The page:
It’s all right, my little son, you should come back tomorrow so that you can bring the sign to the bishop, which he requested.
It follows that the maker of the “miracle of the blooming flowers” was not able to carry out the miracle at that immediate moment, but instead, needed time to prepare it. So, the direct miracle-working of an all powerful, almighty God can be excluded.
After Juan Diego has picked the flowers, he has to bring them to the figure of the Holy Mary. Johnston (1981), characterizes this scene the following way:
“By opening out his tilma, he filled it with the flowers full of the color mixture and went down to the side where the Lady, surrounded by an oval nimbus of light, waited for him. When he showed her the glimmering magnificence, she arranged it carefully with her own hand.”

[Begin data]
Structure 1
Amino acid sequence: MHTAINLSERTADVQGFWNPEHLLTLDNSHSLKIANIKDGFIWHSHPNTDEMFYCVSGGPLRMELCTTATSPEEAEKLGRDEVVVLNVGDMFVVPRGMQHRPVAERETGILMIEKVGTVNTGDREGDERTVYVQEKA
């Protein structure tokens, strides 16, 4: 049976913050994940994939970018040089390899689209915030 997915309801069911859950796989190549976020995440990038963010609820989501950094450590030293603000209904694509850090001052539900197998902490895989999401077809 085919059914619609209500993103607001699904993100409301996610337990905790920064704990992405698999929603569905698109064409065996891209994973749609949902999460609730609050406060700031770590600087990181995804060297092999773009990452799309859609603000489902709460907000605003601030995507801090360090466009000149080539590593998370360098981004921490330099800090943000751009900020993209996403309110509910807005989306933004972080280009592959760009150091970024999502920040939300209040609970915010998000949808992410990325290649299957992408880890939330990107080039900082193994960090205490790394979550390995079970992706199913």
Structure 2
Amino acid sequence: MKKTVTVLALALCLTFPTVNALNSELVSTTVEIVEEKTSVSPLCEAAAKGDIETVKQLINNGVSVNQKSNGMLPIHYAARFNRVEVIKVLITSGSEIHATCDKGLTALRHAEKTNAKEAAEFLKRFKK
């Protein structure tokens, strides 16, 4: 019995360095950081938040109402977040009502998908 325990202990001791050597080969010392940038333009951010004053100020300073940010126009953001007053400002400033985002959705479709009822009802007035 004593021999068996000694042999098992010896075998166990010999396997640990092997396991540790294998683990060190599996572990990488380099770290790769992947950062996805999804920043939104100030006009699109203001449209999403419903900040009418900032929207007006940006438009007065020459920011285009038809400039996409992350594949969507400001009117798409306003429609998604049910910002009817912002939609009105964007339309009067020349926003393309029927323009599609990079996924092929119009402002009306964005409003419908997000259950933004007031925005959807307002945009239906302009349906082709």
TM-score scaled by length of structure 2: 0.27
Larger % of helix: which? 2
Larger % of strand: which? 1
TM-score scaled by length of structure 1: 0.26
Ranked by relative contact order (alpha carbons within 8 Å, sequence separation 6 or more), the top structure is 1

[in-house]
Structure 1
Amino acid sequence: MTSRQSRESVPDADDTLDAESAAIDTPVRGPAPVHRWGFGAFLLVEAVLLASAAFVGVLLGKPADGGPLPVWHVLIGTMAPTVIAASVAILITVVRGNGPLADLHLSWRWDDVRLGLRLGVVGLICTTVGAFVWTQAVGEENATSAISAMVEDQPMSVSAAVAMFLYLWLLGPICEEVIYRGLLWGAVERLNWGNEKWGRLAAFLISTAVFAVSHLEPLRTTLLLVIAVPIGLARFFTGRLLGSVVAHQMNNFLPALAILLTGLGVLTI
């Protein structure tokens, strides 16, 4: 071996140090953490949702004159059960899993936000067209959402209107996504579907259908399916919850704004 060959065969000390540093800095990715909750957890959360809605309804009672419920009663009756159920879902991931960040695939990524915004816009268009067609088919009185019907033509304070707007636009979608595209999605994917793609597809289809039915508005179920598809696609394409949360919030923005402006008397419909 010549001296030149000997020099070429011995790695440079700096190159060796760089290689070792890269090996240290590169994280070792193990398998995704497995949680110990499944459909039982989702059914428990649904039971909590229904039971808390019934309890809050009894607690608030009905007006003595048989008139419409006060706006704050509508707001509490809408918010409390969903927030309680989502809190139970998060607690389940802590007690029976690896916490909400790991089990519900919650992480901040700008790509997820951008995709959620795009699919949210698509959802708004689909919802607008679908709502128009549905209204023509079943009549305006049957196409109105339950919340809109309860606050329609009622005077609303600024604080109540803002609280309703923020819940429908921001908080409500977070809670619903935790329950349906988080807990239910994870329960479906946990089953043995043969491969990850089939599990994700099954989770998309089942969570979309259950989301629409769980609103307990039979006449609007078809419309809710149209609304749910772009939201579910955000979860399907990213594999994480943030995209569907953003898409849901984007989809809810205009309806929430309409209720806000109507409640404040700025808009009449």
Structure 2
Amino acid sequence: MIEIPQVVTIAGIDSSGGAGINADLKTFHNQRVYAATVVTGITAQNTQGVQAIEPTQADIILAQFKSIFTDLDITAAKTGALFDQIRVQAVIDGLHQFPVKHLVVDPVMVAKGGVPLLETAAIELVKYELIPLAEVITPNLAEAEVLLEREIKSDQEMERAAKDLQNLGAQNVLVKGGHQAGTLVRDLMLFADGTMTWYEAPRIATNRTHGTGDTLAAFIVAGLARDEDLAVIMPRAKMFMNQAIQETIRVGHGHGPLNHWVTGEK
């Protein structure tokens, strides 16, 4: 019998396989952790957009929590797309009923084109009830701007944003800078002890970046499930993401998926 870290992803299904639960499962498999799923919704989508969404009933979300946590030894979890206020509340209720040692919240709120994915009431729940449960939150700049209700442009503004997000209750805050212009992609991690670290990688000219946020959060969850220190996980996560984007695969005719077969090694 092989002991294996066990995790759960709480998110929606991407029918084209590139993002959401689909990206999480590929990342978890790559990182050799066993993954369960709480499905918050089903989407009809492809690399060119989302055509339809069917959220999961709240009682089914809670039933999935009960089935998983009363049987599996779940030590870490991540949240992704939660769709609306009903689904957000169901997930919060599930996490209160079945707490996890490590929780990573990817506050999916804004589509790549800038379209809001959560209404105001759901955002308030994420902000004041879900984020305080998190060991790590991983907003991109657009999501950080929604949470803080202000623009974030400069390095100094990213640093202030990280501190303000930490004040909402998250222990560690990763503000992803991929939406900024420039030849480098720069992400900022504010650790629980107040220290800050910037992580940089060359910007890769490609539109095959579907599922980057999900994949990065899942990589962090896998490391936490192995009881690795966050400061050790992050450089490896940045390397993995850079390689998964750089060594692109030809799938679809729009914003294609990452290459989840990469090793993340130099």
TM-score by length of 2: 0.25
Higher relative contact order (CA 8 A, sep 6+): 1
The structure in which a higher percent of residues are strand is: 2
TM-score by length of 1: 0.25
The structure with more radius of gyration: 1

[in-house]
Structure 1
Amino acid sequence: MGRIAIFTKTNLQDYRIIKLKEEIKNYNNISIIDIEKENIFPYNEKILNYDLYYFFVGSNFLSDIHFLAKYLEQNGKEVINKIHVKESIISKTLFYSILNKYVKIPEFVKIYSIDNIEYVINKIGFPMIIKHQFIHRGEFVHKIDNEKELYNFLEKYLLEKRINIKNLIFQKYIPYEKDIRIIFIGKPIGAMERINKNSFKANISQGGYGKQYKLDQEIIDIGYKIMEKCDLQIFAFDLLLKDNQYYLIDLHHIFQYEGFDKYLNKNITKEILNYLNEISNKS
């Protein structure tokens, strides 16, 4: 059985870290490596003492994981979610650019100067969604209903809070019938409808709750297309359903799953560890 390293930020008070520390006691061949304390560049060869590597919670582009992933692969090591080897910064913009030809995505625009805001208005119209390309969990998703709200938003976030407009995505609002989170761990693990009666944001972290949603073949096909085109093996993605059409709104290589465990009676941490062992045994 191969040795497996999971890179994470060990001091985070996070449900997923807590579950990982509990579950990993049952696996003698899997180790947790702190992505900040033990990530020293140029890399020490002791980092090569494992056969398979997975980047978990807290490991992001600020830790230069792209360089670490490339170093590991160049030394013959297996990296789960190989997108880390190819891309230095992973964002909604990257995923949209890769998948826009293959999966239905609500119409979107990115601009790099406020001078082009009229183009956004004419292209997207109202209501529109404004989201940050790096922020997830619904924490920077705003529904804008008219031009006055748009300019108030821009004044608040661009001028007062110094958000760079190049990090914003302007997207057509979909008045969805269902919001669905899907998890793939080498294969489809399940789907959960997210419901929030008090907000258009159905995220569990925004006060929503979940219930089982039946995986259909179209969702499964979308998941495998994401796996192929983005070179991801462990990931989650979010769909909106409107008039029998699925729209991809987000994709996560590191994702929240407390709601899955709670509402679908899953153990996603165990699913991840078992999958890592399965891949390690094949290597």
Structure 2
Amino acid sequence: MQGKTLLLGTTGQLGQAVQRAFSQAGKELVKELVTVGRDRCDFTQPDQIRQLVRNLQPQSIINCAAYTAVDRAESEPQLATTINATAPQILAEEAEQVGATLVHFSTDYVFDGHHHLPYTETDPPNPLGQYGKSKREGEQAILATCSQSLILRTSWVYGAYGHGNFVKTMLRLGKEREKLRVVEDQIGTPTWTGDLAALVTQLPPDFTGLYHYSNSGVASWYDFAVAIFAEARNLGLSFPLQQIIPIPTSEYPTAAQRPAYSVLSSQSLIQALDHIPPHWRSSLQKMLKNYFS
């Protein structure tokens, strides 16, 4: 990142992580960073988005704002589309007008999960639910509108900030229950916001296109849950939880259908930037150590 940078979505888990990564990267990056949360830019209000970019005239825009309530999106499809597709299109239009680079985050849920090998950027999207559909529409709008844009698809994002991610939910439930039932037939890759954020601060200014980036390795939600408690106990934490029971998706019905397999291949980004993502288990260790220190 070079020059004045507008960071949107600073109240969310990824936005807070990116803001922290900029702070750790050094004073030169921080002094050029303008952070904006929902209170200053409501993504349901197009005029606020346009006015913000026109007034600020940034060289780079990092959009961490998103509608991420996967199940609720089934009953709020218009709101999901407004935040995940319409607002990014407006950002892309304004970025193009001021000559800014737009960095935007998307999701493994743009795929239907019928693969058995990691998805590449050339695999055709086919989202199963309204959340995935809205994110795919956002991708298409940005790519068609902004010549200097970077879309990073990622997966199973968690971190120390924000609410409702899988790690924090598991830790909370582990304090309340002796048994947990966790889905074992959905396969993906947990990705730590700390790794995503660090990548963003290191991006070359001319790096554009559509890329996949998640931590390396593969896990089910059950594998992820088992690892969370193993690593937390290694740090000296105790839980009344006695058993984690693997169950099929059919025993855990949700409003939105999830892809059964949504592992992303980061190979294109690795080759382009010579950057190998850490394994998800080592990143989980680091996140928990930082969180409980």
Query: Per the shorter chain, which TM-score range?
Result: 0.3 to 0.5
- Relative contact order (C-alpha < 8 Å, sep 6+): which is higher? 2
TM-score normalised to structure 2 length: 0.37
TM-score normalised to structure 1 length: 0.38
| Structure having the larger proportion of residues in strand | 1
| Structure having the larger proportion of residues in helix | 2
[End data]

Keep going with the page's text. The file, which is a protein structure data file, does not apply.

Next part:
This supervision of the flowers was necessary to check to make certain a sufficient sample of each flower was taken and that they were arranged in the correct manner. Once more it is demonstrated that this is not a miracle of the classical kind, but rather, a methodical and systematic procedure.
The organizing preparations also include another important fact. In the Nican Mopuhua it states:
“And you who are my messenger, into you is set absolute confidence. And I command to you with great stringency that nowhere else than in the presence of the bishop shall you open your tilma and show to him what you are bearing.”
These instructions are a sheer unmasking for the entire event: a miracle, worked by God should be, by all definitions of those miracles, absolutely independent of the behavior of given people. In this case however, it becomes obvious that the intended miracle has definite conditions tied to it, not the least of which is the “not opening of the tilma” until a specific moment.